Ray of hope for Iran nuclear deal before June 30 deadline

There is still hope that a deal between Iran and the P5+1 on Tehran’s nuclear program can be reached before the June 30 deadline, but some gaps remain despite an effort by negotiators to smooth over disagreements at discussions in Vienna this weekend.

“I would say that the political will is there. I’ve seen it from all sides,” EU foreign policy chief Federica Mogherini told reporters Sunday, stressing that negotiators would try to stick to Tuesday’s deadline to “hopefully” finalize the deal. “Postponement is not an option,” she said before leaving the Austrian capital.

At the same time an anonymous US official at the talks told AFP that “it’s fair to say the parties are planning to stay past [the deadline] to keep negotiating.” Meanwhile, an Iranian official said there was “no desire or discussion yet” on extending the talks past deadline.

The main topics of contention are the timing of sanctions relief for Iran and the nature of the monitoring mechanisms on Iran’s nuclear activities.

On Sunday night, the Iranian foreign minister, Mohammad Javad Zarif, flew back home but is expected to return in the coming days. Zarif’s decision to return to Iran followed a weekend of talks with his international counterparts.

“We have given the necessary instructions to our negotiating teams to continue working on the text,” Zarif told state television after a final meeting with US Secretary of State John Kerry before heading home.

Kerry remained in Vienna, while the French Foreign Minister Laurent Fabius and British Foreign Secretary Philip Hammond left late Sunday. German Foreign Minister Frank-Walter Steinmeier is scheduled to return home sometime on Monday.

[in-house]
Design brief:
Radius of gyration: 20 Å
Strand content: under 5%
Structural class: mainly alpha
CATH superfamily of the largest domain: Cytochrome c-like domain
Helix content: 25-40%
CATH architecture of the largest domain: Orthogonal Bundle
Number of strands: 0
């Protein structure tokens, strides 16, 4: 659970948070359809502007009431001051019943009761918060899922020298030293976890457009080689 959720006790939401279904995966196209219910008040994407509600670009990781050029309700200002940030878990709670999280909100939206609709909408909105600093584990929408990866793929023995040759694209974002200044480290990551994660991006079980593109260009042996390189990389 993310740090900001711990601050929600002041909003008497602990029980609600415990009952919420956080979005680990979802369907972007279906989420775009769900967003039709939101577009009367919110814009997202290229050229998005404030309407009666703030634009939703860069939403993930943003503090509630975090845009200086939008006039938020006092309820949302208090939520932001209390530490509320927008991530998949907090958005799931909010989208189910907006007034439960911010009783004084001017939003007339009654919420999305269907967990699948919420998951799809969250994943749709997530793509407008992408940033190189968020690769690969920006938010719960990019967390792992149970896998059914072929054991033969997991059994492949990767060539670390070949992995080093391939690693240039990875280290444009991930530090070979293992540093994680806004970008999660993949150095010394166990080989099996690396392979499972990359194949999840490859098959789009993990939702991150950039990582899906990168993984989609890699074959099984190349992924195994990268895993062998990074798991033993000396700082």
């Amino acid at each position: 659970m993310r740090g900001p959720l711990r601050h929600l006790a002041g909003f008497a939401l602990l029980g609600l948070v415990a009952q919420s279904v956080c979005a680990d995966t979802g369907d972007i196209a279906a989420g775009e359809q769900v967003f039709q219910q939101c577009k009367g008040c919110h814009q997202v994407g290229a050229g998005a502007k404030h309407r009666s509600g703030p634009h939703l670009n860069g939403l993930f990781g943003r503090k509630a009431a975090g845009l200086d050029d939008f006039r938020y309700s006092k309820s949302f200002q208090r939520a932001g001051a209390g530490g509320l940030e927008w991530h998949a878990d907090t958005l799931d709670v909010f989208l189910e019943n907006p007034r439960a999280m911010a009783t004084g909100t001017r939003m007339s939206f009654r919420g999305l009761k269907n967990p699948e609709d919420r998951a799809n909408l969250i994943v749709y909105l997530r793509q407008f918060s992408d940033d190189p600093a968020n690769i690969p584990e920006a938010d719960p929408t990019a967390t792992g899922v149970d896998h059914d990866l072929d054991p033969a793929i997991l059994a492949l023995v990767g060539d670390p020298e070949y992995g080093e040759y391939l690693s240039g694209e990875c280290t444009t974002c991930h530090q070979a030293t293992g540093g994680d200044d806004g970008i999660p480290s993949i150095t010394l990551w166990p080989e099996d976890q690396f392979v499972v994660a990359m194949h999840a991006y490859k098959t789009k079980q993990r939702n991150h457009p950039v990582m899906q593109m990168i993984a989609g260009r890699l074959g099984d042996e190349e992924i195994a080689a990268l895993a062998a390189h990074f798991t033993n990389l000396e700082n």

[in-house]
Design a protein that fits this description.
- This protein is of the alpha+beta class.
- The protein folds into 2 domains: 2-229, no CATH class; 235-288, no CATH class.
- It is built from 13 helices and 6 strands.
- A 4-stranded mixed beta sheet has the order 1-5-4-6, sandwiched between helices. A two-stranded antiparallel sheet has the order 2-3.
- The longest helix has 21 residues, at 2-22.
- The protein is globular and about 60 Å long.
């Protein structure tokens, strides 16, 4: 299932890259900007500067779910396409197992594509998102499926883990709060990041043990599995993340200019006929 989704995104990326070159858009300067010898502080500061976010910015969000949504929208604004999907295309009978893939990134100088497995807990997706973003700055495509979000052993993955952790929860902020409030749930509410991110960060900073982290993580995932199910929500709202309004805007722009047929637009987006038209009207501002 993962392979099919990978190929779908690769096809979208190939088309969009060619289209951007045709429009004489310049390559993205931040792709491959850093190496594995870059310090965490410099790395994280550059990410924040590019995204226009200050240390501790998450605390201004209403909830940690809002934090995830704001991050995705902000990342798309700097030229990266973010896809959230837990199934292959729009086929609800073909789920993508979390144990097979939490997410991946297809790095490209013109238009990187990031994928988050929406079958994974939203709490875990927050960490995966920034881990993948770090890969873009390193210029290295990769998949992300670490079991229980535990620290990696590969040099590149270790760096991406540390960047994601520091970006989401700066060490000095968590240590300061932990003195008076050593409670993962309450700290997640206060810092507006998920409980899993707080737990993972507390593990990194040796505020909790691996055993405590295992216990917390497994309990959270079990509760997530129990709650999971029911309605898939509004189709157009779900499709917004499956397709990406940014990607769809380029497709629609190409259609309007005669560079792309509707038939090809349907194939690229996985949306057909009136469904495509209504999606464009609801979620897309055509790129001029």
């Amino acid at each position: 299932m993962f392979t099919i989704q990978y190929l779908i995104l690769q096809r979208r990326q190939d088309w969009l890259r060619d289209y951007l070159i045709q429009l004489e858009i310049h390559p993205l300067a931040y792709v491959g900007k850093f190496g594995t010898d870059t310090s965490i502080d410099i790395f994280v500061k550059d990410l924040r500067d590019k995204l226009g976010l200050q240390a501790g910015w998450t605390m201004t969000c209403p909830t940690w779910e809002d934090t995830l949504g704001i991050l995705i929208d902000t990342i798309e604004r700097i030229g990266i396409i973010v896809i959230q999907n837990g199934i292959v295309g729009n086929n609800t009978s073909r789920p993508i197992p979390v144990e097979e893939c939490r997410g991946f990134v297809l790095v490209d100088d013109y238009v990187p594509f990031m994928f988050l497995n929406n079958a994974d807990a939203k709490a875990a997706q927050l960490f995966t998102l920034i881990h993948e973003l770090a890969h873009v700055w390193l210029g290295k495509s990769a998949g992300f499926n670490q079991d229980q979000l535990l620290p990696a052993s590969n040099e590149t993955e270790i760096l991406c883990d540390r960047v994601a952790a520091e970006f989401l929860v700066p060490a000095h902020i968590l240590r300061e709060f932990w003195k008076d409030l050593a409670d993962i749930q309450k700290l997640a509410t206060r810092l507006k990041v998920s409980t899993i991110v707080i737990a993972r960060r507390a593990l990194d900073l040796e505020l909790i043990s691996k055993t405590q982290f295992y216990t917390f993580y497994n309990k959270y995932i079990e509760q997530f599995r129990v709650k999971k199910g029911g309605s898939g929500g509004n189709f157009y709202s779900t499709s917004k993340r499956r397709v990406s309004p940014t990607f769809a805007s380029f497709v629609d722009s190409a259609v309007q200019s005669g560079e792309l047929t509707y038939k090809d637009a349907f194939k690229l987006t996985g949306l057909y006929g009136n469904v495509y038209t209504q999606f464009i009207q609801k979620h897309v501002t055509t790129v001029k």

“No deal is better than a bad deal. There are red lines that we cannot cross and some very difficult decisions and tough choices are going to have to be made by all of us,” Hammond told reporters just before he flew home.

Iran and the five UN Security Council permanent members plus Germany have been negotiating over the past 14 months to reach a long-term deal over Tehran’s disputed atomic program.

Iran is working out an agreement to suspend a portion of its nuclear activities in return for Western sanction relief. In particular the P5 +1 members are seeking to reduce the number of Iran’s uranium enrichment centrifuges, reduce the country’s uranium stockpile and modify the Arak reactor.

The negotiations are taking place within the framework agreement reached between P5+1 on April 2 in Lausanne, Switzerland.

During Saturday’s meetings, the French side proposed “indispensable” conditions that Iran must meet in order to reach an agreement with its colleagues.

The conditions include the limitation of Iran’s research and development capacity, rigorous inspections of sites, including military, and the automatic return of sanctions if Iran violates its obligations

“These three conditions respect Iran’s sovereignty. They have still not been accepted by everybody, yet they form the key base of the triangle that forms the robust agreement that we want,” Fabius said.

The new issues on the table, namely “putting a stop” to research and development have been “demanded” by Israel, believes researcher and writer Soraya Sepahpour-Ulrich. The new proposals also include “very intrusive inspections of Iran's military sites or anywhere else at any time,” she told RT.

“These additional demands that have been placed on these talks on Iran by France are really nothing but deliberate stumbling blocks,” Sepahpour-Ulrich said.

READ MORE: Nuclear Iran 1,000 times more dangerous than ISIS – Netanyahu

“One may think that it is France making these demands, but in reality I think they are playing good cop, bad cop, and France making these demands without the full nod approval from the US. And I think in playing this game many of the regional Arab allies of the US have apprehensions about this nuclear deal going through and France with the nod are making additional demands which are basically impossible to fulfill,” Sepahpour-Ulrich said.

Israel in the meantime, which is the main opponent of a successful agreement, urged its partners to deny Iran the deal.

“It is still not too late to go back and insist on demands that will genuinely deny Iran the ability to arm itself with nuclear weapons and prevent it from receiving vast sums to finance its aggression,” Israeli Prime Minister Benjamin Netanyahu said.